I am reminded that we are the only country that does not pay family allowance to the first child. That is an indictment upon Governments of both political parties. They have had the opportunity to expand the scheme over many years. No doubt we have had financial crises that have come and gone. No doubt it is always possible to raise the existence of a financial crisis as a reason for delay. The fact is that we have been considerably remiss in not turning our attention to improving family allowance provision over the past years.
There is a major Government responsibility to respond generously to the new clause. I think that the present Government have a special responsibility because on taking office in February last year they indicated their opposition to the tax credit system that was proposed by the previous Conservative Government. That was a system which, in the view of most of my right hon. and hon. Friends, would have taken care of a large part of the problem that we are now considering almost a year later.
Not only that—the Government have poured scorn on the family income supplement system. I am the first to concede that the family income supplement arrangement has major defects, but the fact is that it was intended as a partial contribution to help to remove family poverty. The Government having poured scorn on the family income supplement system must be expected to react in a favourable way to the proposition now before us. They have virtually rejected the recommendations of the Finer Committee. Their actions are in sharp contrast to the statements made by Labour Members when in Opposition. They come as disappointing to many of my hon. Friends who had hoped for better things on the arrival of the present Government in February of last year.
The Government have said that their approach to family poverty is all tied up in the family endowment scheme. I echo the sentiments of my hon. Friend the Member for Kensington (Sir B. Rhys Williams) and the hon. Member for Welwyn and Hatfield. The Government's approach sounds fine, and it may be a great breakthrough which can be supported by both sides of the House, but as time goes by we become wary and not a little suspicious of exactly what the approach contains. We are moving towards a feeling that the Government's thinking on these matters is not half as far forward as the Secretary of State has suggested in recent weeks.
In the present economic circumstances it can easily be said—I suspect that the Government will say so—that this is the wrong time to move into additional expenditure of a sizeable order. It is for that reason that my hon. Friend has pitched his proposal in a modest fashion. We are not proposing that the family allowance should be extended to the first child, although there is a strong argument that that should be done. We are saying that it should move into the area in which family poverty bites hardest—namely, one-parent families.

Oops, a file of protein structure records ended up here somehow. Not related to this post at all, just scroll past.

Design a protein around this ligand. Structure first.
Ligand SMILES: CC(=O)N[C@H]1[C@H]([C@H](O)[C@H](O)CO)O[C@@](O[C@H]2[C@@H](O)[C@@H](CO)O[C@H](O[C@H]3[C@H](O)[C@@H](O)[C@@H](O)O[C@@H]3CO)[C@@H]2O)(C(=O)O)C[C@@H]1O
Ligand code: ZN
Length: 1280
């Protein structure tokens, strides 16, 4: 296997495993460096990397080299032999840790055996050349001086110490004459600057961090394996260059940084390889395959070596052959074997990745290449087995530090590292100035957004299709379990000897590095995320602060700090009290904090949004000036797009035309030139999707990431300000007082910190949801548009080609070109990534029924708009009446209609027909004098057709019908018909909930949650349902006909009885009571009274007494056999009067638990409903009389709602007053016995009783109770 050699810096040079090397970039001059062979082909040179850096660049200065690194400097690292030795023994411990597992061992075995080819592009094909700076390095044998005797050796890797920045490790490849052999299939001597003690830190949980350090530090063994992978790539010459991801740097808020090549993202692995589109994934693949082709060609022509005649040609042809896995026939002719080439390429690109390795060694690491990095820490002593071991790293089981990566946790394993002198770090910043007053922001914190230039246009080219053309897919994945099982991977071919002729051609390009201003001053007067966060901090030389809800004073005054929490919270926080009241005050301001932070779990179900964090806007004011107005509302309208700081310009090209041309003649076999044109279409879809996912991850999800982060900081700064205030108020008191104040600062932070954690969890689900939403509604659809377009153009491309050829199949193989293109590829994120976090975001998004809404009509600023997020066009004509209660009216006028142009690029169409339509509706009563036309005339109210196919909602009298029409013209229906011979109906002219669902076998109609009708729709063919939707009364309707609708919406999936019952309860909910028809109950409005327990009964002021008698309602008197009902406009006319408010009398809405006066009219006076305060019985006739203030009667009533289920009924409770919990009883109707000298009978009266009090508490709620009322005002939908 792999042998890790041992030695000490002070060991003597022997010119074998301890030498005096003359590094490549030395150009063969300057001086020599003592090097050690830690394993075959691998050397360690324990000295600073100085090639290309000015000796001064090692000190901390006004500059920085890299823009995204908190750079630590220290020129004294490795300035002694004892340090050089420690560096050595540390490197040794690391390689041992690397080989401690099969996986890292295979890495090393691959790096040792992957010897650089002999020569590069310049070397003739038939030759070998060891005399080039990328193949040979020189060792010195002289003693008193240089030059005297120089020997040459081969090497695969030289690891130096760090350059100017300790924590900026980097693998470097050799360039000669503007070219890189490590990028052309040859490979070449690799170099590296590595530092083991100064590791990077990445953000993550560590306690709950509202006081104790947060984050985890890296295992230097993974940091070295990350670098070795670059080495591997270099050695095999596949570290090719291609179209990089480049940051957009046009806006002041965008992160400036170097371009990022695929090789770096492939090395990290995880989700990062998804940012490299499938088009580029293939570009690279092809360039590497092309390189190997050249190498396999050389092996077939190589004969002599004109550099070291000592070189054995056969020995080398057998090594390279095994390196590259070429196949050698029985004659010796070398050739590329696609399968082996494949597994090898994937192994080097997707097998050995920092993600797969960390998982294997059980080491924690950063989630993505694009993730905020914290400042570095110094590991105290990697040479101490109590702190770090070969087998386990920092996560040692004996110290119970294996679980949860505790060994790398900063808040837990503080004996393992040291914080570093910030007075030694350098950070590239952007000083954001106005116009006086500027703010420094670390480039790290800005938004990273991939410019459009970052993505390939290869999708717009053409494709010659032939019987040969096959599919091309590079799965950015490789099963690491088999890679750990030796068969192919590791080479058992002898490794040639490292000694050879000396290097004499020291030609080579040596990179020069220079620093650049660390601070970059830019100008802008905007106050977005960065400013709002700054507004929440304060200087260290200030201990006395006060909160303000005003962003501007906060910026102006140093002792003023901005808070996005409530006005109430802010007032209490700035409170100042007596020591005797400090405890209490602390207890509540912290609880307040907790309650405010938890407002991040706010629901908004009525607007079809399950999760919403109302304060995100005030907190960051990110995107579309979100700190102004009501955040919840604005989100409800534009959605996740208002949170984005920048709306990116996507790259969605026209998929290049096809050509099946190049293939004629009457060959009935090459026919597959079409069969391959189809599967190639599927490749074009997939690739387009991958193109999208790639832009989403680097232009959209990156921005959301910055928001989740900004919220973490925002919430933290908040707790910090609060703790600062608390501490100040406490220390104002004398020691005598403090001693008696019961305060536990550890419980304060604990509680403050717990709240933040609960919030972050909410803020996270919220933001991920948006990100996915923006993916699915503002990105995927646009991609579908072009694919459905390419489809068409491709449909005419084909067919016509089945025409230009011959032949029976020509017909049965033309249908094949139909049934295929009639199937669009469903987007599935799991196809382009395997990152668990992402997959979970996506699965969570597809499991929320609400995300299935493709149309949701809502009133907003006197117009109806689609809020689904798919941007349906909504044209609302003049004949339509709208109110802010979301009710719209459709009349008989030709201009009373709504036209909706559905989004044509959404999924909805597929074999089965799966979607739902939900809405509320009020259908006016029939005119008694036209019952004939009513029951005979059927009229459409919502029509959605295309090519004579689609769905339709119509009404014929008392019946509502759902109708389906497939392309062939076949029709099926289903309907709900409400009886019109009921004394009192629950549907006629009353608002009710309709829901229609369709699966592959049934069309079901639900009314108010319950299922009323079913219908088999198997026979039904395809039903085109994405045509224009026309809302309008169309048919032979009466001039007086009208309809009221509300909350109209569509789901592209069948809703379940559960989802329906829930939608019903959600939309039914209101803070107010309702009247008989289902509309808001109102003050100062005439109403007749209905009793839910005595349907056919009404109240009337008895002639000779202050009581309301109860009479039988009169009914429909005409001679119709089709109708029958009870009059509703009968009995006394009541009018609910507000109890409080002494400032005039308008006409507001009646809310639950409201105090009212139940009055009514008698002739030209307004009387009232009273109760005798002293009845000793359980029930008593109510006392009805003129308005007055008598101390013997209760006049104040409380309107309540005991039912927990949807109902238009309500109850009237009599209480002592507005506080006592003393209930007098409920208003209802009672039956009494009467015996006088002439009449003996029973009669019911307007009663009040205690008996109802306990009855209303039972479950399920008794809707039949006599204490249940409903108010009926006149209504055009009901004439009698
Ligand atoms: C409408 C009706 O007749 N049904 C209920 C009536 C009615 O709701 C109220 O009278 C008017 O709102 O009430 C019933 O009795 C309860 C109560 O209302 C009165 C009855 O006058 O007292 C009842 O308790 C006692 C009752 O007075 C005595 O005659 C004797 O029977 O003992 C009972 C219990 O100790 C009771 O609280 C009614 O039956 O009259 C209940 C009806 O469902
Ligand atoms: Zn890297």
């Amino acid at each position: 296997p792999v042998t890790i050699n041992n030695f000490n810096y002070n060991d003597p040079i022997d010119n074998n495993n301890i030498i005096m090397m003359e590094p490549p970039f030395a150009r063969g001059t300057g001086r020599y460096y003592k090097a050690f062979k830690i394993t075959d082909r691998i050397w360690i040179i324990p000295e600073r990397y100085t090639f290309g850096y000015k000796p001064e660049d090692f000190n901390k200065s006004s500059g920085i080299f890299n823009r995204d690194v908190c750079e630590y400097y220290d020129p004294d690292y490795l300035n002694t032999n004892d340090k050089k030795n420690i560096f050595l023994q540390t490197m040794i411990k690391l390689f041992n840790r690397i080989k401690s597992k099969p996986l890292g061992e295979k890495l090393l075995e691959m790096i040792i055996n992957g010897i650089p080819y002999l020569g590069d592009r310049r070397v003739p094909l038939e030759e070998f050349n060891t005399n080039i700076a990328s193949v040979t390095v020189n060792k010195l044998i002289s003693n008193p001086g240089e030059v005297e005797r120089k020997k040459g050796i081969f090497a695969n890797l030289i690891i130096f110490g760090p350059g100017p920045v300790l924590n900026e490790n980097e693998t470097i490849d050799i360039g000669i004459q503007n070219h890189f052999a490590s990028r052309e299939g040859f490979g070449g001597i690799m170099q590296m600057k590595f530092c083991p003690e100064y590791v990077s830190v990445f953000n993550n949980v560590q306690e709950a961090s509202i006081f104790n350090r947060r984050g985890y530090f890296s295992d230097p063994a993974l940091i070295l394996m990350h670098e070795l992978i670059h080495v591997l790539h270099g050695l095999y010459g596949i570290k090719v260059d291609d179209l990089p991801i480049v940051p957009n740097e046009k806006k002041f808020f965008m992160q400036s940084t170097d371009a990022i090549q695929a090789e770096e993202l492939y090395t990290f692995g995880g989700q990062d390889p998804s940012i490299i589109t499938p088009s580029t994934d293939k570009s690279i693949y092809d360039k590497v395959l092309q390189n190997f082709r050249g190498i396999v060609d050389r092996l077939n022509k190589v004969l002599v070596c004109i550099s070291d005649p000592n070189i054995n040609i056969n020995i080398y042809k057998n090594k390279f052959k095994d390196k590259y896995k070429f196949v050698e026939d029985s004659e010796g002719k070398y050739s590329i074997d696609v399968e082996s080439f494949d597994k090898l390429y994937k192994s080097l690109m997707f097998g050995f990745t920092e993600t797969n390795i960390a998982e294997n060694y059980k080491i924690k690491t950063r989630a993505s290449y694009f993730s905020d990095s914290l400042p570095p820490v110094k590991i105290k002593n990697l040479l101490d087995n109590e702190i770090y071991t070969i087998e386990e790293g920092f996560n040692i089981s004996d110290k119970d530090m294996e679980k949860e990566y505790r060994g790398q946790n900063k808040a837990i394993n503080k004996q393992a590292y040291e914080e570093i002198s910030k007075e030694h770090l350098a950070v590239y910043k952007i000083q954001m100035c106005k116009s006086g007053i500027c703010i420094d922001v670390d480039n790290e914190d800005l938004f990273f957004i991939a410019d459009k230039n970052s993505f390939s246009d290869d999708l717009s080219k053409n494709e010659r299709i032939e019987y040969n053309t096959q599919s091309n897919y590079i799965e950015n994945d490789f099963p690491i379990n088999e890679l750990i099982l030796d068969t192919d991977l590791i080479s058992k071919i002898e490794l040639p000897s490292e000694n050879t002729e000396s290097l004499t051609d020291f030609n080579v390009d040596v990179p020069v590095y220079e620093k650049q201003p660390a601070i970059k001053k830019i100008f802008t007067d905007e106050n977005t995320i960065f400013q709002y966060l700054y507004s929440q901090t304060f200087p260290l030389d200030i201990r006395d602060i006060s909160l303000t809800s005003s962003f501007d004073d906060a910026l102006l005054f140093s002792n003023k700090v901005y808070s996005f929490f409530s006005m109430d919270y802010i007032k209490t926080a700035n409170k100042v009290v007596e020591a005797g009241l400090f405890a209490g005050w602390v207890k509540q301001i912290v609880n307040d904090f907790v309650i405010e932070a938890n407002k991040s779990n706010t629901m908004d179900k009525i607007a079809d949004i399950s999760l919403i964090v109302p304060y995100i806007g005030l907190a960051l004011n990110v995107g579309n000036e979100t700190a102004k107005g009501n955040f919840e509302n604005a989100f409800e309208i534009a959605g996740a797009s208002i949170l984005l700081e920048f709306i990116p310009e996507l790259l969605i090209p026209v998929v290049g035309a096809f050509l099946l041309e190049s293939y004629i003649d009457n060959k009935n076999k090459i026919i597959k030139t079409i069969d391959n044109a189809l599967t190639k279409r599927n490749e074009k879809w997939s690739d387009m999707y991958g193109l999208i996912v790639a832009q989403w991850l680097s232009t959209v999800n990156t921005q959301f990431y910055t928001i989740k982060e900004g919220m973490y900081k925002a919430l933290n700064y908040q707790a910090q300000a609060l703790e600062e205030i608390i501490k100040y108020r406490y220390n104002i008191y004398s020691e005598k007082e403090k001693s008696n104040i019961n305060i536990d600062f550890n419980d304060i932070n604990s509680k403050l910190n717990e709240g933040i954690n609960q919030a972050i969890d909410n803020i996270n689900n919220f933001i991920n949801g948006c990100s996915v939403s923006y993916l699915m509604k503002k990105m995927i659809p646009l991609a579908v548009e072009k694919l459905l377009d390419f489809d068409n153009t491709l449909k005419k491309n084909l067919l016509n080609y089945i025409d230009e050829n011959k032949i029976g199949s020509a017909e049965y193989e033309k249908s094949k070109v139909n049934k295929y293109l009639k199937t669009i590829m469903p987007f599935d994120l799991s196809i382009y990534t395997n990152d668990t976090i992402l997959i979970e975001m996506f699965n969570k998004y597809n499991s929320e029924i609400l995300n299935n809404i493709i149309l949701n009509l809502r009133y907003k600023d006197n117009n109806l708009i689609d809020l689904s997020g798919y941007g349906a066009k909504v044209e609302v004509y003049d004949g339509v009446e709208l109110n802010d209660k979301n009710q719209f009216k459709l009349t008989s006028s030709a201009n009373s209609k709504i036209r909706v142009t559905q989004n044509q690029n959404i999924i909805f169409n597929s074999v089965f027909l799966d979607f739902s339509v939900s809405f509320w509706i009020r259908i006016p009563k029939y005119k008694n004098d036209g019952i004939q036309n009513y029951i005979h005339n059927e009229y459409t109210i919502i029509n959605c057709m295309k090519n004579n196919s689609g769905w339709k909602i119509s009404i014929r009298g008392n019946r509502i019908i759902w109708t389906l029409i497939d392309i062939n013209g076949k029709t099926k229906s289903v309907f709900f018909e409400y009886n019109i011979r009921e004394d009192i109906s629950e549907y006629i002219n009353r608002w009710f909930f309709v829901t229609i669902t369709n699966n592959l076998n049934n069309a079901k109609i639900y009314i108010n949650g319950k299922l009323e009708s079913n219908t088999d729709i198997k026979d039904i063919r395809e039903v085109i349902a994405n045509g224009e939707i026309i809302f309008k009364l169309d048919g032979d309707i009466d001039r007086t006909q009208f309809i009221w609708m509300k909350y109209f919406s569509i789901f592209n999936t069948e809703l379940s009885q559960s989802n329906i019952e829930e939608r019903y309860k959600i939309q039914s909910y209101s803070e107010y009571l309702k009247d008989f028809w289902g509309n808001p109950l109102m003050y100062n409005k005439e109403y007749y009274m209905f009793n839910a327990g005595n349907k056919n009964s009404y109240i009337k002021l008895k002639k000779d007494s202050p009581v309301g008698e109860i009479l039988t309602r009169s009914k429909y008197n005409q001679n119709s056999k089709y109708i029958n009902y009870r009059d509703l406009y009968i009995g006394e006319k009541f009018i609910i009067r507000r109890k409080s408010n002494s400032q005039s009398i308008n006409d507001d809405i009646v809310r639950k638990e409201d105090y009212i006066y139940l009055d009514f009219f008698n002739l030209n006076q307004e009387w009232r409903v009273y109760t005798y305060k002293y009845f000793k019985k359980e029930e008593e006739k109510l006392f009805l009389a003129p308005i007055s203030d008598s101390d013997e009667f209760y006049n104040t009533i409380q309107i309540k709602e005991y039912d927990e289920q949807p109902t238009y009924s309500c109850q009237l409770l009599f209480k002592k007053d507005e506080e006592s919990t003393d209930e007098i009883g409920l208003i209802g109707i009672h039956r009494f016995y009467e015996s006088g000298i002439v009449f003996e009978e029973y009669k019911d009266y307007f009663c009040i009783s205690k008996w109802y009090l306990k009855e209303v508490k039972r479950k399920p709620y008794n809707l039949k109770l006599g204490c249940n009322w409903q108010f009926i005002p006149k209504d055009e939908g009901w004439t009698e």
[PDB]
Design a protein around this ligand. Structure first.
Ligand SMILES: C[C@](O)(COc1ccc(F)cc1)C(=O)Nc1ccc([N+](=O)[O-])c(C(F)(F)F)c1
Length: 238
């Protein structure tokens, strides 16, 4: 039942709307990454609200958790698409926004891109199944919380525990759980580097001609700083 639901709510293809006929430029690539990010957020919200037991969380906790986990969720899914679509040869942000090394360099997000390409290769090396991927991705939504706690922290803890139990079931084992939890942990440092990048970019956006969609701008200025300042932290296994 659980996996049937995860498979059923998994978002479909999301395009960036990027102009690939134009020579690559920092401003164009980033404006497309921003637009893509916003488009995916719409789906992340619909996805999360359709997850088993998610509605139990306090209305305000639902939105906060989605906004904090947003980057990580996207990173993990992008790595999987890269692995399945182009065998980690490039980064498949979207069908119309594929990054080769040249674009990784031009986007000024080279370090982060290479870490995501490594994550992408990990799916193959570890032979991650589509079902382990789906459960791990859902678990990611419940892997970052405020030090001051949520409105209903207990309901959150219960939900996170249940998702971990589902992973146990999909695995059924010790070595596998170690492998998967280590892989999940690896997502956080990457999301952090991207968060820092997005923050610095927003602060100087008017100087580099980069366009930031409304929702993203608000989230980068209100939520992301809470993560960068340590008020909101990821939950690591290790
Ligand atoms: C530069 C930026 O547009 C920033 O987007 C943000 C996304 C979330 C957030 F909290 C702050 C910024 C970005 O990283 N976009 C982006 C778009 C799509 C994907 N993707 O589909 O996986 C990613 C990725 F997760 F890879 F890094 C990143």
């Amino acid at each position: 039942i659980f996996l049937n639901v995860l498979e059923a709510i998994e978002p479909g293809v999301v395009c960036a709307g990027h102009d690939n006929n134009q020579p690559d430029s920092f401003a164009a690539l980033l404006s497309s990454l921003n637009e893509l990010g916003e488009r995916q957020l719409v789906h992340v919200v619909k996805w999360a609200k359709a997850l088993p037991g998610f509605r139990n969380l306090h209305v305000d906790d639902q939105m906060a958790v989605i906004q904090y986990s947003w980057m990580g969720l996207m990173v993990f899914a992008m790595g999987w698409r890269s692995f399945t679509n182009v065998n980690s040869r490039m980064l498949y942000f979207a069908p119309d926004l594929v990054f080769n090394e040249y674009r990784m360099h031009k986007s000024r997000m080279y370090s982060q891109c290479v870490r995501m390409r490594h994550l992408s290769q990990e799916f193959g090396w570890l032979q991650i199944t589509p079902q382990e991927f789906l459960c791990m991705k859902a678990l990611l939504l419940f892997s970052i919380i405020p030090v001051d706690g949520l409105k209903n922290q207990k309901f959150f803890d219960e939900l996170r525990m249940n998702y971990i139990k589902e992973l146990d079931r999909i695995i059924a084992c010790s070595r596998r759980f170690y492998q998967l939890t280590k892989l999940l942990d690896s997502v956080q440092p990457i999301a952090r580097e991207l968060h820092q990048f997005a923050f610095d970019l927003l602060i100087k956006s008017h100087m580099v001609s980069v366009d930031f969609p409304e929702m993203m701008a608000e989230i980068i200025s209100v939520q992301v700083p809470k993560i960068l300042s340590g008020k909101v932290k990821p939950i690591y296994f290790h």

It is incumbent upon the House, if resources are as limited as we are led to believe, to turn our attention to assisting in particular those women who are trying to earn a living while bringing up a child on their own. There is a need for some help to be directed to them. I remind the House that we are now in Women's International Year. It seems that if we are to make any contribution within the relatively narrow confines of the Bill we should assist those women who, by their own efforts, are trying to maintain under difficult circumstances a reasonable standard of living for their child or children, they having been left for one reason or another to do so on their own.
I believe that the pressure is now on the one-parent families. I cannot but contrast the Government's approach to them with the provision of food subsidies. It seems that we have an almost open-ended commitment to food subsidies. Surely even the Government will concede that such a large amount of money spread over such a large number of people brings very small help to each individual or family. There would be a very small additional provision under the Bill if the clause were to be accepted by the Government. It would direct assistance where it is greatly needed. Although the relatively modest amount referred to in the new clause may seem to indicate hardly any improvement in the family situation, I believe that in the circumstances in which the people to whom we are referring find themselves it would be of major assistance.
I ask the Government once again to try to cast aside the temptation to play party politics on this matter and turn instead to a recognition that this is a modest proposal, directed to a particularly hard-pressed section of the community. On that basis, I hope that it will be supported not only by the Opposition but by Government Members.